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SNAP Calls Fr. Coonan Support "Misguided"

Saturday, August 31, 2002

By Kathleen A. Shaw, Telegram & Gazette Staff

WORCESTER-- David Clohessy, national director of Survivors Network of Those Abused by Priests, said yesterday that Bishop Daniel P. Reilly of the Diocese of Worcester must exercise leadership and put a stop to the movement that supports the Rev. Joseph A. Coonan.

Raymond L. Delisle, diocesan spokesman, said the bishop cannot order the people to do anything. He said the people at St. John's parish need time to adjust to what has happened, and Bishop Reilly is working behind the scenes with the group.

The bishop has met with the leadership of the Coonan support movement and is trying to move them in a positive direction, Mr. Delisle said. He acknowledged that people at St. John Church have had a traumatic time and need time to adjust to what has happened.

Patricia Engdahl, who heads the bishop's prevention and healing office, also has been out meeting with people at St. John parish and is open to more meetings, Mr. Delisle said.

He said he has been told that the supporters of Rev. Coonan will not be walking to City Hall Thursday, but will remain in the church and hold a prayer vigil.

“That's a small step,” Mr. Clohessy said.

Although the support group previously announced the vigil, the Web site at www.FatherCoonan.com said yesterday the vigil would be at the church, 44 Temple St.
A group of people who support the alleged victims plan their own vigil at the same time, but moving in the opposite direction.

Mr. Clohessy said the supporters of Rev. Coonan, through their activities, are intimidating and frightening alleged abuse victims and making it harder for victims of abuse by anyone -- whether it be clergy, a coach or teacher -- to come forward and tell their stories.

The national director said he believes the diocese is violating the new national sexual abuse policy adopted in June by the American bishops, “at least in spirit,” by allowing the supporters of Rev. Coonan to continue their activities. These activities include taunts that Coonan supporters would string green ribbons from Worcester to Oxford, putting up posters and some of the comments made on their Web site.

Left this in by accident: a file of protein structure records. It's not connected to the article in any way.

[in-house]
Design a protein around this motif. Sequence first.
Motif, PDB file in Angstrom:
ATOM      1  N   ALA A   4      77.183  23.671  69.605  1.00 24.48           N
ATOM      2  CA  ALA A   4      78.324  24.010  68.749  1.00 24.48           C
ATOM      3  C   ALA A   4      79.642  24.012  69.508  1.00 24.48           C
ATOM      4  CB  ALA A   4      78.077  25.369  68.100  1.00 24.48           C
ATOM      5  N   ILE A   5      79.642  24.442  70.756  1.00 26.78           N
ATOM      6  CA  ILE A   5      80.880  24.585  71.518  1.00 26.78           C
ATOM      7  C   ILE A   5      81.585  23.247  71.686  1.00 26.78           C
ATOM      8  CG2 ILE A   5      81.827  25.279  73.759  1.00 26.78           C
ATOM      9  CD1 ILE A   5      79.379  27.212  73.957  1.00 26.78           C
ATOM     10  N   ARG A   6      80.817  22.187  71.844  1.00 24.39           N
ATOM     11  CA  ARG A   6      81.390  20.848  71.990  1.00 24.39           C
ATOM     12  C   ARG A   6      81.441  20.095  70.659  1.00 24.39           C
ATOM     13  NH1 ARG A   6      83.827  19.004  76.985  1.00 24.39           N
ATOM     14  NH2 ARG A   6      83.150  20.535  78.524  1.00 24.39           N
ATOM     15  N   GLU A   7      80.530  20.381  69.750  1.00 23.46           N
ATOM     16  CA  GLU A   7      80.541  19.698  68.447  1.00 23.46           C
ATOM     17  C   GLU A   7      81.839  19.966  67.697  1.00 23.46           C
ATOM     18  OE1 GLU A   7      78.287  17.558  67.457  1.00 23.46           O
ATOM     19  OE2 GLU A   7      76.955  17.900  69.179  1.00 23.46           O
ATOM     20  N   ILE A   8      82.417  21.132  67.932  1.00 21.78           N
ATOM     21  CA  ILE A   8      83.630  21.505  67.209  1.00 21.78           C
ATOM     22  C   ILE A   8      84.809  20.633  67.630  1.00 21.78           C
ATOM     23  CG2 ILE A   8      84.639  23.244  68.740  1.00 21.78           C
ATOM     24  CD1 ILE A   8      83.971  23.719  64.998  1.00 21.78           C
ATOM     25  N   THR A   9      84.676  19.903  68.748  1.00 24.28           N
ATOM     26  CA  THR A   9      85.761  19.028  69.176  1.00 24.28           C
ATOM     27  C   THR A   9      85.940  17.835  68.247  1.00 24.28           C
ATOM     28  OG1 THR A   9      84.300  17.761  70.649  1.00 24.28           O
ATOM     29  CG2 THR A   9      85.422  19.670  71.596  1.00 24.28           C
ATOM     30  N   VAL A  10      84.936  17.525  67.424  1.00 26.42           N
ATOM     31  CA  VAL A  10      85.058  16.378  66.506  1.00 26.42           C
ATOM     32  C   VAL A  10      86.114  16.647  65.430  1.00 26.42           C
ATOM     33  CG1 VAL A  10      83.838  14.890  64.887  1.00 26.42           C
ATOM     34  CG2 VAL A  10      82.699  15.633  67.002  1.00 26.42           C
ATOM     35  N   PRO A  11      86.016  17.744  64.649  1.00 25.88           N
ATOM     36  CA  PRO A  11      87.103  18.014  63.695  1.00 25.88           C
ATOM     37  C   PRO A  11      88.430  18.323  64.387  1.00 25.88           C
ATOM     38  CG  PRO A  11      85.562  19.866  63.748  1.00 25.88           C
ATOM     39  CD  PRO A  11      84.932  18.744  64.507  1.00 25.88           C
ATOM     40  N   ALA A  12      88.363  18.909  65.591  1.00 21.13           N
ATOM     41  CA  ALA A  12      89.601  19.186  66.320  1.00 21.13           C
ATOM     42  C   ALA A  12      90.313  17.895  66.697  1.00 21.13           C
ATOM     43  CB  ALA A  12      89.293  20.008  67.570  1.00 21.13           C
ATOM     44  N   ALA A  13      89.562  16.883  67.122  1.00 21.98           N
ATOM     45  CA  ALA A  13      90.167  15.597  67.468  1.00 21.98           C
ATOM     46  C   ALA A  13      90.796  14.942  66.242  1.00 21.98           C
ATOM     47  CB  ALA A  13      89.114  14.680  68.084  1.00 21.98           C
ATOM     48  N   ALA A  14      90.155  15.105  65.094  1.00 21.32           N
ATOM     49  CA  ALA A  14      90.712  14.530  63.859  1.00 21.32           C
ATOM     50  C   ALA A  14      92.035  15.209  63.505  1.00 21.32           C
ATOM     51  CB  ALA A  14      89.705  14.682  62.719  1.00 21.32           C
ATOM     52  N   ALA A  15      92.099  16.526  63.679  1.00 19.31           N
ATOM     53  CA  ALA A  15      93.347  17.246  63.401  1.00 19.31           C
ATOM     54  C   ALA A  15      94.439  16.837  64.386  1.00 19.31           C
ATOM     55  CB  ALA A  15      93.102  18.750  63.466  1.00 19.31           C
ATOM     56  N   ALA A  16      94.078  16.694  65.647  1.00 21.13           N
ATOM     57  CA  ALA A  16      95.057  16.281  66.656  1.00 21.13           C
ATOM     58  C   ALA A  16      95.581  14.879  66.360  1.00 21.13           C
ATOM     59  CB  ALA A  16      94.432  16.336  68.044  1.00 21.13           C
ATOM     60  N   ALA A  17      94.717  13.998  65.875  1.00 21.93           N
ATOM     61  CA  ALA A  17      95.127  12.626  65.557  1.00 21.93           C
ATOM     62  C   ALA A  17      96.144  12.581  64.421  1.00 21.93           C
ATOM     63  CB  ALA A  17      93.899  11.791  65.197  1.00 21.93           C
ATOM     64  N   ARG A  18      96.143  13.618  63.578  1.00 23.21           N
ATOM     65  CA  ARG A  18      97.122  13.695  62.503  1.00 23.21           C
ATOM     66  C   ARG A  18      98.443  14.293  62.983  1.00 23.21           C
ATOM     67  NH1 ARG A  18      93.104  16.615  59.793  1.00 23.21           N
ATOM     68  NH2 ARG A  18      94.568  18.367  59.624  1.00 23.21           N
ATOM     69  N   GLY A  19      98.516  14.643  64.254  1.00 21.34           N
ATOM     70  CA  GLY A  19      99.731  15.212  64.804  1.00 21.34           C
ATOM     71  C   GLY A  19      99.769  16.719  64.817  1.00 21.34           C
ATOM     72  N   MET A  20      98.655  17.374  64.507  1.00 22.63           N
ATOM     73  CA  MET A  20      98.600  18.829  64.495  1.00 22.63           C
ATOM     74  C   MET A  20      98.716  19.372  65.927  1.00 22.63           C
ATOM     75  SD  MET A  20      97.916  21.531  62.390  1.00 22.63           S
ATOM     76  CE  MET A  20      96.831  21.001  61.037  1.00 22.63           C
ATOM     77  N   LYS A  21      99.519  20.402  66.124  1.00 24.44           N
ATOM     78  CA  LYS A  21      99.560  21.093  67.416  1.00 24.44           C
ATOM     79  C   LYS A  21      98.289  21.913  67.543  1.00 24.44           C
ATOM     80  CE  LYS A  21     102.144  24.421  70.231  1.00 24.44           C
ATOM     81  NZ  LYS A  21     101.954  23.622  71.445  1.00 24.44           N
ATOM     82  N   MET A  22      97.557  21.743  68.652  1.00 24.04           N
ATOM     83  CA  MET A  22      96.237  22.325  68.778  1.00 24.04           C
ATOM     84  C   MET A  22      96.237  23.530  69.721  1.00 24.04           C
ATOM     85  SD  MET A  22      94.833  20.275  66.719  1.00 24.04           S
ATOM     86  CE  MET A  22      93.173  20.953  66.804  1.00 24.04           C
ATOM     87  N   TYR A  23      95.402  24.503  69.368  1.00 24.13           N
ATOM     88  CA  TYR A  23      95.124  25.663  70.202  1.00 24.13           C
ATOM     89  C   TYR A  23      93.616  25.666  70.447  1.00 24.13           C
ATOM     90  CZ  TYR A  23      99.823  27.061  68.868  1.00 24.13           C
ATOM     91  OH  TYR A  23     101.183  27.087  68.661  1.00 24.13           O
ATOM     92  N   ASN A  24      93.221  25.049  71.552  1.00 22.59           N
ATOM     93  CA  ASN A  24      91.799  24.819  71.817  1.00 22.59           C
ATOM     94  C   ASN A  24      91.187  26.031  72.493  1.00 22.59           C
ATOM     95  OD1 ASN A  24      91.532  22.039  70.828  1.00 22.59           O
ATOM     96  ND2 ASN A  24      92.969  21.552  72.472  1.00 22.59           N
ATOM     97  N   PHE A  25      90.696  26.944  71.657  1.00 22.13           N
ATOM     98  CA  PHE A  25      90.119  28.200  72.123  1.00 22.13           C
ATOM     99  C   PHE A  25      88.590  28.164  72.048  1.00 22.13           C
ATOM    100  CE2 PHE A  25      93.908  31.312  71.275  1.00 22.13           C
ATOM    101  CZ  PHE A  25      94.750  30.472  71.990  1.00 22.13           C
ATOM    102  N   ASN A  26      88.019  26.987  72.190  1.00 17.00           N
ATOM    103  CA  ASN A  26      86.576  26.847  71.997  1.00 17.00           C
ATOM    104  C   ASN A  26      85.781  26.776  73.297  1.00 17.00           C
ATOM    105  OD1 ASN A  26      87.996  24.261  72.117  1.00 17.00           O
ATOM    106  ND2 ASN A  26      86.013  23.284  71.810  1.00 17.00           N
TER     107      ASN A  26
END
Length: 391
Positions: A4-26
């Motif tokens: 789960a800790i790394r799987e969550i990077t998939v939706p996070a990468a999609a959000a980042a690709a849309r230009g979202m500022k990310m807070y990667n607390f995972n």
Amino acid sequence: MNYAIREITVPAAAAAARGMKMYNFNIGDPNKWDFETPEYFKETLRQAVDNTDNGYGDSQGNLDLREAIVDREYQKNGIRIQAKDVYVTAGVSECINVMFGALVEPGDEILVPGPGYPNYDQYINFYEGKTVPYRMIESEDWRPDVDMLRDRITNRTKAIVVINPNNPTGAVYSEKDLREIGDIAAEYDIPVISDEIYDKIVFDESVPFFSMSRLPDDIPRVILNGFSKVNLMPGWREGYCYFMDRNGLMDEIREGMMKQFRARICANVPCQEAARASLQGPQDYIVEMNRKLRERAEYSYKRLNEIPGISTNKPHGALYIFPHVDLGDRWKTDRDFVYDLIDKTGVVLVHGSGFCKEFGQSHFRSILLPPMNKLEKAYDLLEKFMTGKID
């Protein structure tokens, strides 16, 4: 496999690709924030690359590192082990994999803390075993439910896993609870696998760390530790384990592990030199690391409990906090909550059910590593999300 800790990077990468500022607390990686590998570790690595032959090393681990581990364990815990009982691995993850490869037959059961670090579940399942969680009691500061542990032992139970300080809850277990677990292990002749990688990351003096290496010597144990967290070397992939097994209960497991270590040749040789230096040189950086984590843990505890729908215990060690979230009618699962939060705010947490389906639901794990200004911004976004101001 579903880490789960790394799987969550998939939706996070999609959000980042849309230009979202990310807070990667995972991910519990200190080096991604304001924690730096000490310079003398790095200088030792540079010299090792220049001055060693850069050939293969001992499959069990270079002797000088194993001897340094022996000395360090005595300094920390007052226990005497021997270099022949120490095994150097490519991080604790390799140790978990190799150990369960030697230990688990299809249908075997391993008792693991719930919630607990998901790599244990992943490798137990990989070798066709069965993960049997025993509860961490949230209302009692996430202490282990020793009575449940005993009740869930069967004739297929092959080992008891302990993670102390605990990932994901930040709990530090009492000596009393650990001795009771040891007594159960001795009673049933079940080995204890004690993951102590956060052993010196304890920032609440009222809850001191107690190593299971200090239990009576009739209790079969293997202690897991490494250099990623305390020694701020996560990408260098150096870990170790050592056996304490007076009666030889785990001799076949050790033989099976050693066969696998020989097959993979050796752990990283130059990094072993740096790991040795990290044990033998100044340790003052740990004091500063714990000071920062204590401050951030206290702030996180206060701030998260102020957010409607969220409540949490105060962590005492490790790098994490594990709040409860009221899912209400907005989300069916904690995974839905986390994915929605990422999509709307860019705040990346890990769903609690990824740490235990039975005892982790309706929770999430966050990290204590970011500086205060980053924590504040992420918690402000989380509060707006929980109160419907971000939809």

More than 15 men have made reports to state police alleging that Rev. Coonan abused them in various ways when he was a teacher at Oxford High School. These allegations are that, at various times, he asked teenage boys to urinate, defecate and masturbate in front of him.

Bishop Reilly removed Rev. Coonan from his pastorship Aug. 1 after the allegations were relayed to him by Worcester District Attorney John J. Conte.

Mr. Clohessy, who is based in St. Louis, spoke from the viewpoint of a victim of priest abuse at the bishops' meeting in Dallas in June, when the bishops adopted the new national policy regarding sexual abuse by clergy and other church workers.

The national director yesterday also asked Bishop Wilton Gregory, who heads the American bishops, to do what he can to halt accused priests from filing lawsuits against their accusers. No suits have been filed by priests in the Worcester diocese.

Bishop Reilly since February has removed seven priests from their parishes after receiving what the diocese called “credible allegations” that they abused minors. They are Rev. Coonan, Rev. Raymond P. Messier of Athol and Petersham, Rev. John Bagley of Grafton, Rev. Gerard Walsh of Oxford, Rev. Lee F. Bartlett of Worcester, Rev. Chester Devlin of Northboro and Rev. Peter J. Inzerillo of Leominster.

In a letter yesterday to Bishop Gregory, Mr. Clohessy lauded the work that has been done nationally by the Catholic Church to help victims in their healing.

“Sadly, however, they are already being severely undermined by a handful of bishops who allowed their priests to sue alleged sexual abuse victims. Today we call upon you, as president of the U.S. Conference of Catholic Bishops, to stop and speak out against these brutal legal attacks,” Mr. Clohessy wrote.

He said he recognizes that false or mistaken accusations can be made and that priests have a right to defend themselves.

“Clerics suing their former parishioners is inexcusable. Simply put, priests can defend themselves without attacking their accusers,” he said.

He called these lawsuits “un-Christian and vengeful.”

“These hostile acts will scare victims into continued depression, shame, self-blame and silence, thus putting children needlessly at risk,” he said. “We can only hope, however, that vicious, un-Christian legal tactics like this will backfire. In our experience, they sometimes do. Instead of being frightened into submission by such hateful antics, abuse victims sometimes feel even more driven to come forward, expose their abusers and protect children. Again, for the sake and safety of children, we in SNAP hope this proves to be the case.”


Survivors' Network of those Abused by Priests
www.snapnetwork.org

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